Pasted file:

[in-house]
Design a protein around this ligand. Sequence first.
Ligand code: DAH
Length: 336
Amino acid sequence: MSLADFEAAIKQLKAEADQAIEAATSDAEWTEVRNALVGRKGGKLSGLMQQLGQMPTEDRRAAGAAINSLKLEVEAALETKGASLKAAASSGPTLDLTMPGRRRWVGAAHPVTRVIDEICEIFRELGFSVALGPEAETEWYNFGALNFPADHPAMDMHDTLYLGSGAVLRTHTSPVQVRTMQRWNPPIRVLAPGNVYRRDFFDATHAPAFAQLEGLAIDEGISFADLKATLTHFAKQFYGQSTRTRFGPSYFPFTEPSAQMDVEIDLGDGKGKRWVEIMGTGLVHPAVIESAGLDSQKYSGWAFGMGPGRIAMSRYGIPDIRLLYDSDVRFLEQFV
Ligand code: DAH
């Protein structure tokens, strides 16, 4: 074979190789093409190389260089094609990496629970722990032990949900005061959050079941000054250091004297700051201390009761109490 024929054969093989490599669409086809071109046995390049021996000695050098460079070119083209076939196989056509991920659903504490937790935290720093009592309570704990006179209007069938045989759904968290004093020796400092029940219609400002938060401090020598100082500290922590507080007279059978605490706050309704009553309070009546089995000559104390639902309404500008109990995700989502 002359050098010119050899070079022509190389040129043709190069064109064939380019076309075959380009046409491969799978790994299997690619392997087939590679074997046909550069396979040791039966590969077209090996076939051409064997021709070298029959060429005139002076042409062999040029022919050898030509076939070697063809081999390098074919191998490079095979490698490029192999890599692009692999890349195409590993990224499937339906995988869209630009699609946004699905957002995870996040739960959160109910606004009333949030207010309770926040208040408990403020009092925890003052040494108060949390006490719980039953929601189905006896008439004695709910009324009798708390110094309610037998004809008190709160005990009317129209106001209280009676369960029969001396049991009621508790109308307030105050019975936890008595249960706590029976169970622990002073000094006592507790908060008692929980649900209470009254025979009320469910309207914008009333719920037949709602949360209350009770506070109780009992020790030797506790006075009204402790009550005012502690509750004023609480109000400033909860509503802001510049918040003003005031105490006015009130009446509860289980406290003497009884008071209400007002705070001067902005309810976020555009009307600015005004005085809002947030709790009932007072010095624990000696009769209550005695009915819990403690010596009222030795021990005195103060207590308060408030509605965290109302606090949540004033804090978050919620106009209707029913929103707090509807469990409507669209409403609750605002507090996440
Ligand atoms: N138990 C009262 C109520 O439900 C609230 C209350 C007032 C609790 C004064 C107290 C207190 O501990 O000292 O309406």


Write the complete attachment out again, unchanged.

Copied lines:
[in-house]
Design a protein around this ligand. Sequence first.
Ligand code: DAH
Length: 336
Amino acid sequence: MSLADFEAAIKQLKAEADQAIEAATSDAEWTEVRNALVGRKGGKLSGLMQQLGQMPTEDRRAAGAAINSLKLEVEAALETKGASLKAAASSGPTLDLTMPGRRRWVGAAHPVTRVIDEICEIFRELGFSVALGPEAETEWYNFGALNFPADHPAMDMHDTLYLGSGAVLRTHTSPVQVRTMQRWNPPIRVLAPGNVYRRDFFDATHAPAFAQLEGLAIDEGISFADLKATLTHFAKQFYGQSTRTRFGPSYFPFTEPSAQMDVEIDLGDGKGKRWVEIMGTGLVHPAVIESAGLDSQKYSGWAFGMGPGRIAMSRYGIPDIRLLYDSDVRFLEQFV
Ligand code: DAH
């Protein structure tokens, strides 16, 4: 074979190789093409190389260089094609990496629970722990032990949900005061959050079941000054250091004297700051201390009761109490 024929054969093989490599669409086809071109046995390049021996000695050098460079070119083209076939196989056509991920659903504490937790935290720093009592309570704990006179209007069938045989759904968290004093020796400092029940219609400002938060401090020598100082500290922590507080007279059978605490706050309704009553309070009546089995000559104390639902309404500008109990995700989502 002359050098010119050899070079022509190389040129043709190069064109064939380019076309075959380009046409491969799978790994299997690619392997087939590679074997046909550069396979040791039966590969077209090996076939051409064997021709070298029959060429005139002076042409062999040029022919050898030509076939070697063809081999390098074919191998490079095979490698490029192999890599692009692999890349195409590993990224499937339906995988869209630009699609946004699905957002995870996040739960959160109910606004009333949030207010309770926040208040408990403020009092925890003052040494108060949390006490719980039953929601189905006896008439004695709910009324009798708390110094309610037998004809008190709160005990009317129209106001209280009676369960029969001396049991009621508790109308307030105050019975936890008595249960706590029976169970622990002073000094006592507790908060008692929980649900209470009254025979009320469910309207914008009333719920037949709602949360209350009770506070109780009992020790030797506790006075009204402790009550005012502690509750004023609480109000400033909860509503802001510049918040003003005031105490006015009130009446509860289980406290003497009884008071209400007002705070001067902005309810976020555009009307600015005004005085809002947030709790009932007072010095624990000696009769209550005695009915819990403690010596009222030795021990005195103060207590308060408030509605965290109302606090949540004033804090978050919620106009209707029913929103707090509807469990409507669209409403609750605002507090996440
Ligand atoms: N138990 C009262 C109520 O439900 C609230 C209350 C007032 C609790 C004064 C107290 C207190 O501990 O000292 O309406």